The new British Prime Minister Theresa May announced six members of her cabinet today.

Amid a sweeping crackdown on dissent in Egypt, security forces have forcibly disappeared hundreds of people since the beginning of 2015, according to a new report from Amnesty International.

It's an "unprecedented spike," the group says, with an average of three or four people disappeared every day.

The Republican Party, as it prepares for its convention next week has checked off item No. 1 on its housekeeping list — drafting a party platform. The document reflects the conservative views of its authors, many of whom are party activists. So don't look for any concessions to changing views among the broader public on key social issues.

Many public figures who took to Twitter and Facebook following the murder of five police officers in Dallas have faced public blowback and, in some cases, found their employers less than forgiving about inflammatory and sometimes hateful online comments.

As Venezuela unravels — with shortages of food and medicine, as well as runaway inflation — President Nicolas Maduro is increasingly unpopular. But he's still holding onto power.

"The truth in Venezuela is there is real hunger. We are hungry," says a man who has invited me into his house in the northwestern city of Maracaibo, but doesn't want his name used for fear of reprisals by the government.

The wiry man paces angrily as he speaks. It wasn't always this way, he says, showing how loose his pants are now.

Ask a typical teenage girl about the latest slang and girl crushes and you might get answers like "spilling the tea" and Taylor Swift. But at the Girl Up Leadership Summit in Washington, D.C., the answers were "intersectional feminism" — the idea that there's no one-size-fits-all definition of feminism — and U.N. climate chief Christiana Figueres.

Copyright 2016 NPR. To see more, visit

Copyright 2016 NPR. To see more, visit

Copyright 2016 NPR. To see more, visit

Copyright 2016 NPR. To see more, visit


Texas Author John Graves Dies At 92; Wrote 'Goodbye To A River'

Jul 31, 2013
Originally published on August 2, 2013 7:23 am

Author John Graves, whose books became icons of rural life in Texas, has died at 92, according to multiple reports. His 1960 memoir Goodbye to a River, which recounted his tracing of a doomed waterway he knew in his youth, "was quickly recognized as a classic," as NPR member station KERA reports.

The book had a deceptively simple premise: In the late 1950s, Graves took a canoe ride down miles and miles of the Brazos River in north-central Texas, where a plan to build dams, and irrevocably alter the terrain, was being put in place.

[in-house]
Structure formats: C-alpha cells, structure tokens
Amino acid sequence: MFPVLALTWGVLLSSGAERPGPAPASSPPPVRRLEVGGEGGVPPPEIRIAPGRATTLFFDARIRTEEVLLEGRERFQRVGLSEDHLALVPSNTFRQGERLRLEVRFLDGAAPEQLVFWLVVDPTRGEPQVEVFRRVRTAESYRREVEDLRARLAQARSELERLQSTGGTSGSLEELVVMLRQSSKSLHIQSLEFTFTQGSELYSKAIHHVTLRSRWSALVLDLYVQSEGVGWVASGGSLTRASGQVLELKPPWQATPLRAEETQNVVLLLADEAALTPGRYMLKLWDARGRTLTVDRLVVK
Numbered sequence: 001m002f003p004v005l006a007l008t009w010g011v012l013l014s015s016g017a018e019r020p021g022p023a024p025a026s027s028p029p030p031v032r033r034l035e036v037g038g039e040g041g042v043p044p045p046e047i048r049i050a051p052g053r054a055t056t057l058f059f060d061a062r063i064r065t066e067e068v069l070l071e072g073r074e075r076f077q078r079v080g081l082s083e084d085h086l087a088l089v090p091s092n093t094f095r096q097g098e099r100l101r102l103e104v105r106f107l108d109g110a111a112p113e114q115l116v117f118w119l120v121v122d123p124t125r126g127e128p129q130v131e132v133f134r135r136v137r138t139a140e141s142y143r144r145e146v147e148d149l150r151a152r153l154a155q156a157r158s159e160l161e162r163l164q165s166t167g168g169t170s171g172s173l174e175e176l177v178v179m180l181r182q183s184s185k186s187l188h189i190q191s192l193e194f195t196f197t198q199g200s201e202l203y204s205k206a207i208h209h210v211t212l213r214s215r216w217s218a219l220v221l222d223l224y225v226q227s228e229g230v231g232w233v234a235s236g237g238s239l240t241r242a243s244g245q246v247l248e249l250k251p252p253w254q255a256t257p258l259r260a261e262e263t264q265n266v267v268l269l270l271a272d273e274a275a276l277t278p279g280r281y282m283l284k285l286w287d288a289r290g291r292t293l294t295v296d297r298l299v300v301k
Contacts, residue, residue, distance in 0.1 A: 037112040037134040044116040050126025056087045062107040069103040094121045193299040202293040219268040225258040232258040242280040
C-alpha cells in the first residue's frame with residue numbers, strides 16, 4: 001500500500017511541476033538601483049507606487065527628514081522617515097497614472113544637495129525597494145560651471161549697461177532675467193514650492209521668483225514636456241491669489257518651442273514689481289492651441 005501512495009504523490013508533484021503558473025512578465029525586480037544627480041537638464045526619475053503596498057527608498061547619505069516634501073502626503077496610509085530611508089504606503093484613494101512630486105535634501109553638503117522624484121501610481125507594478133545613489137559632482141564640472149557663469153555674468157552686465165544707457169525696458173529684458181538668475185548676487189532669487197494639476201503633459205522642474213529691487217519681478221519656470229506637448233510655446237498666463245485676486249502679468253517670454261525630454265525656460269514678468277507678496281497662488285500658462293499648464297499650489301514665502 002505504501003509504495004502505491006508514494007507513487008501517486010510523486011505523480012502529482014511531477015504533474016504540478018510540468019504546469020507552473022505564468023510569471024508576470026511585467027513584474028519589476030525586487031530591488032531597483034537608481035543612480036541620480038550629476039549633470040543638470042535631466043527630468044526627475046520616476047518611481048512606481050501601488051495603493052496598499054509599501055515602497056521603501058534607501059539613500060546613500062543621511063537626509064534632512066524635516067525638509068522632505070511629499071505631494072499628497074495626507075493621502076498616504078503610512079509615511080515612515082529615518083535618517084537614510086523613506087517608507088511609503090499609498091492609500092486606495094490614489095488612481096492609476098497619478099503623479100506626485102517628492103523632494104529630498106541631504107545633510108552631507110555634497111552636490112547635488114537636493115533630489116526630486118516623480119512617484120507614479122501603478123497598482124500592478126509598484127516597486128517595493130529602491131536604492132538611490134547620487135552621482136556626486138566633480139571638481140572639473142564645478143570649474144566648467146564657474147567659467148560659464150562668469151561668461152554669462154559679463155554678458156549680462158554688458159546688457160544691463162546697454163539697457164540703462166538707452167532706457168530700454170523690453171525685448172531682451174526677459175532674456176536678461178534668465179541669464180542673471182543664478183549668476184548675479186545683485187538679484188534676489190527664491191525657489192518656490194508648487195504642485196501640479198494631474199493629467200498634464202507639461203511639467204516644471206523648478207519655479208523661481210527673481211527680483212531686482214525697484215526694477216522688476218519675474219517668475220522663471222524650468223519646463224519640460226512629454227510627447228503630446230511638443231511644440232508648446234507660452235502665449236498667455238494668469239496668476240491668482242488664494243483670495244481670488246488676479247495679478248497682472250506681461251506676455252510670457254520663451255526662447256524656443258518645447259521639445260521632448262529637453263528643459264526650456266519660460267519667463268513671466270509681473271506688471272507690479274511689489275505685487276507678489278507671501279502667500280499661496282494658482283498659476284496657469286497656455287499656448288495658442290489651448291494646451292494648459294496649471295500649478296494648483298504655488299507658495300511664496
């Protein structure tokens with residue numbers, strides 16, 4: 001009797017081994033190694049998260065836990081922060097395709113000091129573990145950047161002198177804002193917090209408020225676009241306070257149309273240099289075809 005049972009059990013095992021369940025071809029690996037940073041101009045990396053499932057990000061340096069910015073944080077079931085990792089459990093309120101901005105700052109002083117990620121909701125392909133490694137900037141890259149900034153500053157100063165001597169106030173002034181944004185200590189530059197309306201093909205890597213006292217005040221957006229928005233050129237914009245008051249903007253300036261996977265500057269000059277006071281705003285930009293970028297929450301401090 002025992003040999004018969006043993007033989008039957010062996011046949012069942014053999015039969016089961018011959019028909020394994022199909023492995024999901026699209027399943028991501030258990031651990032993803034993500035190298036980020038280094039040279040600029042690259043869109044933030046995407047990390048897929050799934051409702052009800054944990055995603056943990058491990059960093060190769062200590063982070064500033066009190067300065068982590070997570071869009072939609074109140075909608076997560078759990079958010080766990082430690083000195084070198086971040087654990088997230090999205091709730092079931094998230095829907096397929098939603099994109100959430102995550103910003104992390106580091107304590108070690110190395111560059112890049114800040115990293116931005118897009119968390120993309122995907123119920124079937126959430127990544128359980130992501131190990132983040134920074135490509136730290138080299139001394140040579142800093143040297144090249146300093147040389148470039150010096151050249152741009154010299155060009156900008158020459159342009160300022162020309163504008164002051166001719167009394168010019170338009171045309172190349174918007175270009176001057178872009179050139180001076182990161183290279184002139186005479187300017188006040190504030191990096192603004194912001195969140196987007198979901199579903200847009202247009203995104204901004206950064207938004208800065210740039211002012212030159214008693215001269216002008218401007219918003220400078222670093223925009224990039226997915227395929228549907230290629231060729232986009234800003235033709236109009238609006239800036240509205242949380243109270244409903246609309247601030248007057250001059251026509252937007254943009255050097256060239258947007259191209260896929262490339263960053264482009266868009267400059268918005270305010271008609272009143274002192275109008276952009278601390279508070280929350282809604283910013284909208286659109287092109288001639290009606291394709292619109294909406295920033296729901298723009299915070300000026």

Headed down the river, Graves took along a dachshund, some supplies, and a wealth of personal and historic knowledge that he shared with his readers. His canoe trip ended near Glen Rose, in the area southwest of Fort Worth where he would eventually settle and where he reportedly died this week.

The most recent book from Graves was 2007's My Dogs and Guns, a collection of short stories. But it was his first book, his memoir, that remains his most enduring. Garden and Gun magazine editor in chief David DiBenedetto tweeted today that he had just read the book again and had been "marveling at its brilliance."

"The Texas Graves portrayed in Goodbye to a River and other works was the real place, plain, harsh, unforgiving and magnificent," Bryan Woolley writes in The Dallas Morning News. "His work was devoid of chauvinistic baloney, boosterism or cheap romance. 'In a way,' he once said, 'I was trying to explain Texas to myself.' He also defined Texas for thousands of readers."

Here is part of an excerpt of that book, from KERA:

"If a man couldn't escape what he came from, we would most of us still be peasants in Old World hovels. But, if, having escaped or not, he wants in some way to know himself, define himself, and tries to do it without taking into account the thing he came from, he is writing without any ink in his pen. The provincial who cultivates only his roots is in peril, potato-like, of becoming more root than plant. The man who cuts his roots away and denies that they were ever connected with him withers into half a man."

More details about Graves' death were not immediately available as of mid-day Wednesday. The Austin American-Statesman reports that the president of the Texas Institute of Letters, W.K. 'Kip' Stratton, announced Graves' death in an email to the group's members this morning.

In addition to his famous memoir, Graves wrote many essays, article and short stories. His writings are housed at the Wittliff Collections at Texas State University in San Marcos. Graves is survived by his wife, Jane, and their daughters, Helen and Sally.

Copyright 2013 NPR. To see more, visit